References to “good” in conjunction with “evil” in the Old Testament are numerous.  They go together often as alternatives, with the idea of there being no other possibilities.  The precise Hebrew of Gen 2: 9, 17 and 3: 5, 22 is repeated in Deut 1: 39 while 2 Sam 14: 17 speaks of “the good and the evil” and 2 Sam 19: 35 and 1 Kings 3: 9 refer to distinguishing “between good and evil”.  Perhaps the Deuteronomy reference is quite pertinent since it relates to children who have no knowledge of “good and evil”.  Walton, by way of a summary, mentions the passage in Deuteronomy and writes that when “good” and “evil” are used with the verb “to speak”, it suggests that the speaker is passing judgment on an issue; with the verb “to hear” it refers to listening with discernment; with the verb “to know” or similar, together with prepositions it is a reference to the capability of discerning (p. 171).  On this basis, to state the obvious, “knowledge of good and evil” in Genesis 2 and 3 could be understood to entail knowledge that involved the awareness of  matters that otherwise would not have been noticed.  This seems to be the situation in Gen 3: 7 when both man and woman realised they were naked. It seems to this writer that “knowing good and evil” does not have as its prime reference knowledge of what is morally good or evil. 

We should note that the text indicates that the tree of life was in the middle of the garden and so too was the tree of the knowledge of good and evil. Their positioning and their proximity is not unimportant.

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2 Comments »

  1. Typo: In the second last sentence in paragraph 3, I presume “mortality” is supposed to be “immortality”?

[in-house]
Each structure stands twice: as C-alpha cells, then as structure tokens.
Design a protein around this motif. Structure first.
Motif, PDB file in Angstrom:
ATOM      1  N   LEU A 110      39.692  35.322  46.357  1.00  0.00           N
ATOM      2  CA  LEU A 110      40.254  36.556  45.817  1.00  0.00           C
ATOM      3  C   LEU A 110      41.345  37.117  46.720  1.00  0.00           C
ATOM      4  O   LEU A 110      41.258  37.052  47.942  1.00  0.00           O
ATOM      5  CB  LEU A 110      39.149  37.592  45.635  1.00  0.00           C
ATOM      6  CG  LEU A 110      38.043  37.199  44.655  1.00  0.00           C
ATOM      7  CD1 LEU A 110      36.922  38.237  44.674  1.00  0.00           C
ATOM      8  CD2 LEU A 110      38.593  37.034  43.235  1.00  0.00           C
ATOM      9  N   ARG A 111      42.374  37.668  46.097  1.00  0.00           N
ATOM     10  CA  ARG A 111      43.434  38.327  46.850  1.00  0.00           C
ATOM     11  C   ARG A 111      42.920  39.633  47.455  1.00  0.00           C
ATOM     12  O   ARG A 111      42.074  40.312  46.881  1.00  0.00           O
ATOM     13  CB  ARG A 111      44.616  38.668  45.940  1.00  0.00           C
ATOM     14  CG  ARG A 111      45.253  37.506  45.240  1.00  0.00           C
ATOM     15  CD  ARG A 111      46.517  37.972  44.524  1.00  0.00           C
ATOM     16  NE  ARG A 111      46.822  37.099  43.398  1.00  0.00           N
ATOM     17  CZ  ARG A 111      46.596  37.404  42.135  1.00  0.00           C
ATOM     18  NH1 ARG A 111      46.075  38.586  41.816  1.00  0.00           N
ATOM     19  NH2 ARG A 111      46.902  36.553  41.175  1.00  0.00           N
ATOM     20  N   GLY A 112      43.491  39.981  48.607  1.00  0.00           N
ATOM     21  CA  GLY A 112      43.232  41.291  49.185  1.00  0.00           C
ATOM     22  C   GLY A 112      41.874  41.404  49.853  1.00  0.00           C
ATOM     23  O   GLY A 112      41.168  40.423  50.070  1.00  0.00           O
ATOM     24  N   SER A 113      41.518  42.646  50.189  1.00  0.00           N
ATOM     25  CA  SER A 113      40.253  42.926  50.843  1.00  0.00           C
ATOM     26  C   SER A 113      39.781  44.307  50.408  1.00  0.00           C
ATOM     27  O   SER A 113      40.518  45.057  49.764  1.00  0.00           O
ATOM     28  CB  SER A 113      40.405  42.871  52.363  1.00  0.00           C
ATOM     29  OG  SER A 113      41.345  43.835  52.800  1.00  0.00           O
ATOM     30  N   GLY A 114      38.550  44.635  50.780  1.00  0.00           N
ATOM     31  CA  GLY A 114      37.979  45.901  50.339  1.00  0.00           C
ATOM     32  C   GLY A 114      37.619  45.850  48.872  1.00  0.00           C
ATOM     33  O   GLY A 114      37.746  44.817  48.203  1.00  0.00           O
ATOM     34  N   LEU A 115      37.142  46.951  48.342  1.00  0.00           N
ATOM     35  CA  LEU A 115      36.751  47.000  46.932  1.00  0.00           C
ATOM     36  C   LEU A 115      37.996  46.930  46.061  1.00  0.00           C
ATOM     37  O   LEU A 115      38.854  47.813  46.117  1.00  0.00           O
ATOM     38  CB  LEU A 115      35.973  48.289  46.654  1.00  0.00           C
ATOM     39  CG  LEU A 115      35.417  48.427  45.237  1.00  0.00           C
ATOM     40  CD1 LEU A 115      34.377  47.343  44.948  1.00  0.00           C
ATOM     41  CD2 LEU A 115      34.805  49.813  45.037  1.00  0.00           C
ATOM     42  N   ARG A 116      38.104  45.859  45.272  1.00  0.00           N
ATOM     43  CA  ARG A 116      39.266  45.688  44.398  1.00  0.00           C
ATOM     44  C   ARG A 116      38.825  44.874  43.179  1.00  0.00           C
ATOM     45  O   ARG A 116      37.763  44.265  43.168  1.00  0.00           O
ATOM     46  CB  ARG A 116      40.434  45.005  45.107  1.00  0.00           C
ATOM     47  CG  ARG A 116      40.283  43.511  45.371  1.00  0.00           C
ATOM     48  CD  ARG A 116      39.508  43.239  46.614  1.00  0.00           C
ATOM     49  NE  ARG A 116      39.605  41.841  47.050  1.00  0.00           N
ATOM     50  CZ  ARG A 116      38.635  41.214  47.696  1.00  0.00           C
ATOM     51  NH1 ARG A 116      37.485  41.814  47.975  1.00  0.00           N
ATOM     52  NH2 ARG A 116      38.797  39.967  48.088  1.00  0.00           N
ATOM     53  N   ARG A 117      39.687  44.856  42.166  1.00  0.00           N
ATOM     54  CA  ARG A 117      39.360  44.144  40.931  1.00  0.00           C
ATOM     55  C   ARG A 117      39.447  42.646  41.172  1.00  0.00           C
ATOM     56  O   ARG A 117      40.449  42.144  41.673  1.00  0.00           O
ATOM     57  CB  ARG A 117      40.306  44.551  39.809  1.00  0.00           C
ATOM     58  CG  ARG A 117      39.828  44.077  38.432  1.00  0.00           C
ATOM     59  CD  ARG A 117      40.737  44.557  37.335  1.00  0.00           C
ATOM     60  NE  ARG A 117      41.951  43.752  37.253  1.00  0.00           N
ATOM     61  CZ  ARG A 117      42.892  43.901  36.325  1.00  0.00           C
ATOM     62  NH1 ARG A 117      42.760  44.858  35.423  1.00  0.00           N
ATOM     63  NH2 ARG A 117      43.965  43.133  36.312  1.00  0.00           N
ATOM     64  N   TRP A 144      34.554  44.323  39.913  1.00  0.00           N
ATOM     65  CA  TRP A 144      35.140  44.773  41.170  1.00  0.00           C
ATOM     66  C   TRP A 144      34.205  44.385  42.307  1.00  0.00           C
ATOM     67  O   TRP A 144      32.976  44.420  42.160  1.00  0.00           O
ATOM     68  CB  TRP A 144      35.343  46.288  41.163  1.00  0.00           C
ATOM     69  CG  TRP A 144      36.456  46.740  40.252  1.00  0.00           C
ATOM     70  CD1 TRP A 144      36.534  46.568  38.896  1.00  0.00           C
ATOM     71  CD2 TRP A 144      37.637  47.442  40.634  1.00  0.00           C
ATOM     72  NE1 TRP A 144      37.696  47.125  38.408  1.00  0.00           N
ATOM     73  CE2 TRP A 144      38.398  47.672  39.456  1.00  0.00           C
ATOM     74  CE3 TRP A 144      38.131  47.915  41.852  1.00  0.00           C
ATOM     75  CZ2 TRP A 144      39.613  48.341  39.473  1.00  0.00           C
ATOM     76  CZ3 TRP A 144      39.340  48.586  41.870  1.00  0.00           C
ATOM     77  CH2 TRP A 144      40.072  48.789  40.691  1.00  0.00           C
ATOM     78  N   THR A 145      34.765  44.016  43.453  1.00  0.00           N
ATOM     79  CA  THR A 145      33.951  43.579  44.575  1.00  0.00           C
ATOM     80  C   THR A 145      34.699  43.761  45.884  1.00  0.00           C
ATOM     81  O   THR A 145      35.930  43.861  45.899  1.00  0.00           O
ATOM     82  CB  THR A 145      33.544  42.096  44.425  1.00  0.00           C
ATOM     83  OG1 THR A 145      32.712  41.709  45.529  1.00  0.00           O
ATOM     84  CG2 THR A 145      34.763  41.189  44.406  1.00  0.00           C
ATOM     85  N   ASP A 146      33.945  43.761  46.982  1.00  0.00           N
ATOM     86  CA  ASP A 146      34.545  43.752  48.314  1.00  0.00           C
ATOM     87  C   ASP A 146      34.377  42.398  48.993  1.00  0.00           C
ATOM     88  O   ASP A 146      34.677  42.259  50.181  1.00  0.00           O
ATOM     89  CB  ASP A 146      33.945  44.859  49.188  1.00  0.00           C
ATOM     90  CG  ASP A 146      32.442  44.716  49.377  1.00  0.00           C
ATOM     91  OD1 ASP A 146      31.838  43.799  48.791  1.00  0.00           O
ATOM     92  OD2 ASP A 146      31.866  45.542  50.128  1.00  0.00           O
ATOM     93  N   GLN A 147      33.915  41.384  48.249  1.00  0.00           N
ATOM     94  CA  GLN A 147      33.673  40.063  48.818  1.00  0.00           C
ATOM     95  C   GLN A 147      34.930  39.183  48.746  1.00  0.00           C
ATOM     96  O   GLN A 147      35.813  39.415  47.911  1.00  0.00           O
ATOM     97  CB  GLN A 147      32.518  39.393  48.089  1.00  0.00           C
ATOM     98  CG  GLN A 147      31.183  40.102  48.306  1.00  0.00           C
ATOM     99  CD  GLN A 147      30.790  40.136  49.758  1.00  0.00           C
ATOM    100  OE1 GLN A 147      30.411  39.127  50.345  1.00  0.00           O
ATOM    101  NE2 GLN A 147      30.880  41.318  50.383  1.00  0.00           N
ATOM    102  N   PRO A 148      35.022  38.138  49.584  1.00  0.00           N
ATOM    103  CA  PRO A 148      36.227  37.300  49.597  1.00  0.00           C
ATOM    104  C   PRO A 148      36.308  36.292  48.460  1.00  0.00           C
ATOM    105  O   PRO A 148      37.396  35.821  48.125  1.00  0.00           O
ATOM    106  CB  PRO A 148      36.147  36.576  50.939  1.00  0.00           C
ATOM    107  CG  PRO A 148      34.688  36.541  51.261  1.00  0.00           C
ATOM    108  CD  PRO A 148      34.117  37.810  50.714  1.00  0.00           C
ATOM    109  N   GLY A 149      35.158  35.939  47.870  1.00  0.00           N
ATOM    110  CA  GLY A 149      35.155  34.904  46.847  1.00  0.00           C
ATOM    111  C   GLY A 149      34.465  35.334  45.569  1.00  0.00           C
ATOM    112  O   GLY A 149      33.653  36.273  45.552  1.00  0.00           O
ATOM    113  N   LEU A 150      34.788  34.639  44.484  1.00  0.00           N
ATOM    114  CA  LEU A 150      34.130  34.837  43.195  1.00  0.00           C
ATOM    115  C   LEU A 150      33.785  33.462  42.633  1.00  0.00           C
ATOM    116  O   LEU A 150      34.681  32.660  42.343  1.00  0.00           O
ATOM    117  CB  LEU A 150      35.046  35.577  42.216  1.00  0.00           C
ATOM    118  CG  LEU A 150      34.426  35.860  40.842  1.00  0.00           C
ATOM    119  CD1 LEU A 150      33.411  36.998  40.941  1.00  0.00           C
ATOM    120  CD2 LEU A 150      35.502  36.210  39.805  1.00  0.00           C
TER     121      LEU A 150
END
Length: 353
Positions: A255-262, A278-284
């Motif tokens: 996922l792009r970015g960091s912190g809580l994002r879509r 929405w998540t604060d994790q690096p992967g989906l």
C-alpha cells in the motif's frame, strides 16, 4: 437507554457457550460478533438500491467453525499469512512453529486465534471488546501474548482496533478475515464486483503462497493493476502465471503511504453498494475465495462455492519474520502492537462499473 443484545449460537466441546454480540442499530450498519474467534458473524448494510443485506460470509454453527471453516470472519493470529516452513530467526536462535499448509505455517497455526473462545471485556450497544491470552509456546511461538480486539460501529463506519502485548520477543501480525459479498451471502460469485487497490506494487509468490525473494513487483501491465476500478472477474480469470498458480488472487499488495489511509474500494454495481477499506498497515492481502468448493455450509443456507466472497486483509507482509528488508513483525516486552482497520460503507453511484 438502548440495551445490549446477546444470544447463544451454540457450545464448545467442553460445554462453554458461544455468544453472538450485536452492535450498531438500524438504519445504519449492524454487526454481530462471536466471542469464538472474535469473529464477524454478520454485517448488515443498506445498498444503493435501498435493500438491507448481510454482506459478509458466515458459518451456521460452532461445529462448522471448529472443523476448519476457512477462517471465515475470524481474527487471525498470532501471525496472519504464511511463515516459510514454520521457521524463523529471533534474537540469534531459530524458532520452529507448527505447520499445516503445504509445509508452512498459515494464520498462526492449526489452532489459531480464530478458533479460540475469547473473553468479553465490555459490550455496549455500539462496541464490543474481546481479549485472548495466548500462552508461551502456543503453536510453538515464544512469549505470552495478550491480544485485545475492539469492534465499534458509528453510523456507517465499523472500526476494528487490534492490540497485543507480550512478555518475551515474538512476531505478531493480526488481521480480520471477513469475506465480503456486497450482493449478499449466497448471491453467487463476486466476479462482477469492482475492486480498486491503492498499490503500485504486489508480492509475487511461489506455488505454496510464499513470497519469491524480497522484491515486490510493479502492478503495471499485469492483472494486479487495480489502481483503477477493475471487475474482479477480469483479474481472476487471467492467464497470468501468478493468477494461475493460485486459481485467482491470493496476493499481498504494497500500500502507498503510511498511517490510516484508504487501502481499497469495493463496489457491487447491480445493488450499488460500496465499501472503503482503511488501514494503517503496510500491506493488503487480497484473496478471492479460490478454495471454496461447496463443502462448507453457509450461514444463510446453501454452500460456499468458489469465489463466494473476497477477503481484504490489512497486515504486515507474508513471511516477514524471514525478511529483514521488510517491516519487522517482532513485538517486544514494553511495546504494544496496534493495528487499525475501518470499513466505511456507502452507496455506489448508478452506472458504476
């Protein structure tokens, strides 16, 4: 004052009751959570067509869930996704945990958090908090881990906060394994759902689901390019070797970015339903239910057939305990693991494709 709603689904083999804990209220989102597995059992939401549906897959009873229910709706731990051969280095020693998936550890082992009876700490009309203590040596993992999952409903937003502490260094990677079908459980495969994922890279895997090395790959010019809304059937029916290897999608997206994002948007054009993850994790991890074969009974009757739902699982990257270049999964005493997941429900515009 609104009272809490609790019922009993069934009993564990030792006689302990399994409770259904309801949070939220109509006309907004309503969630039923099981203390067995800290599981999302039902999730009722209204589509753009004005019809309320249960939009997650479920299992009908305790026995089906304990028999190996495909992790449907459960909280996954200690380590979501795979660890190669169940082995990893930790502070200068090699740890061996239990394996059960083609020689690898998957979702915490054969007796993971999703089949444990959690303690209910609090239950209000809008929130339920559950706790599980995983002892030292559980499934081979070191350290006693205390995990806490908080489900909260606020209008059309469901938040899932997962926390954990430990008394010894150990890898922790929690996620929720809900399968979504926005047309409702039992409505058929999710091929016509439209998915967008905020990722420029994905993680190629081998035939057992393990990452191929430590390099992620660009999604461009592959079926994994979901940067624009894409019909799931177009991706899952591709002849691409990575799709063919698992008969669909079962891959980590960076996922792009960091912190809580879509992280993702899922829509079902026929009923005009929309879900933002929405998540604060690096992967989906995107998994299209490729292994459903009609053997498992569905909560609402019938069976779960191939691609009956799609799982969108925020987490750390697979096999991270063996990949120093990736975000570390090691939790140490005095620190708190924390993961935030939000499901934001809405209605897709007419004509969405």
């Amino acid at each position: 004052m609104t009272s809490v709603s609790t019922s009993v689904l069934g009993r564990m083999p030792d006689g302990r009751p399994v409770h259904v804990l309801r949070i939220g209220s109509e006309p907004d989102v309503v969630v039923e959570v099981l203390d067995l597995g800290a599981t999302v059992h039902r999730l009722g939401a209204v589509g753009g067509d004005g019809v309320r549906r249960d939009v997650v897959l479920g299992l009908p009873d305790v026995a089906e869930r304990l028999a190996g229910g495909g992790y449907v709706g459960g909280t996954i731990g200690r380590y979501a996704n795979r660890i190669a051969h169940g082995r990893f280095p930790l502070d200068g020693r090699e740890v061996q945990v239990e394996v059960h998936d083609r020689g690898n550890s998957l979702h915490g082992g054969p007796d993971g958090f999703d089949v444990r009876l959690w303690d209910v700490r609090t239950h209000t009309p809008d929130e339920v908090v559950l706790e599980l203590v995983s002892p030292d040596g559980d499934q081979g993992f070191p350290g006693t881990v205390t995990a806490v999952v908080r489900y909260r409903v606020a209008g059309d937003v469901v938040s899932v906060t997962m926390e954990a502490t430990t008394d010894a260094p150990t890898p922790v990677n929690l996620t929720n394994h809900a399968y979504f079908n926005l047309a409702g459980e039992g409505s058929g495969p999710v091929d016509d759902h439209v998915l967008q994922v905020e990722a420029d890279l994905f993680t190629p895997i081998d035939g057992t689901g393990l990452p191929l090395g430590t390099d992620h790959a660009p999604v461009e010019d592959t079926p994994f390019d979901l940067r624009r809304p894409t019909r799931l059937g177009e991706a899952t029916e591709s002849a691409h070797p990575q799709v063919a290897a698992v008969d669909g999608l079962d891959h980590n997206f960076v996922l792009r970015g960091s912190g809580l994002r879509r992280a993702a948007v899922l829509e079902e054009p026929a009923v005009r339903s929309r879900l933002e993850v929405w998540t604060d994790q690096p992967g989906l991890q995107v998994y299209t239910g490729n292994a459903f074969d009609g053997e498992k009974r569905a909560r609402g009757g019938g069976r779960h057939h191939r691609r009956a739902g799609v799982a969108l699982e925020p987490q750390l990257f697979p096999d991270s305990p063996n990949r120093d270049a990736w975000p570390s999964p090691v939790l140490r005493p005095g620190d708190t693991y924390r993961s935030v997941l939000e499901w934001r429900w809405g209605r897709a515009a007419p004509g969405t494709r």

Also, I’m not sure I understand your reasoning for the statement near the end, “It is inappropriate to understand the term as necessarily relating to that which is morally good or evil.” I understand the range of meaning of the Hebrew words “good” and “evil”, but in this context I struggle to see them as not having a moral connotation.

    Enjoying reading these posts.
    Stephen.

    Comment by Stephen Shead — March 31, 2011 @ 9:37 am | Reply

    • Thanks Stephen. Yep, I did mean “immortality”. I’ll correct it.

      With respect to the “morally good or evil” statement, the argument is that the phrase as such in its connection with knowledge in the text should not necessarily (with some emphasis on “necessarily”) be understood as referring to moral issues. Perhaps I should have stated that more clearly. I am not denying that for the man and the woman there was a moral issue involved or that the words, “good” and “evil” taken separately often have a moral sense. Rightly or wrongly I think that the phrase “knowing good and evil” has to do with discernment without that discernement being necessarily tightly tied to explicit moral issues. Upon reflection however I think that when I deal withe outcome of the disobedience of the man and the woman I should make mention of the possibility of a moral connotation again.

      Barry

      Comment by barrynewman — March 31, 2011 @ 9:13 pm | Reply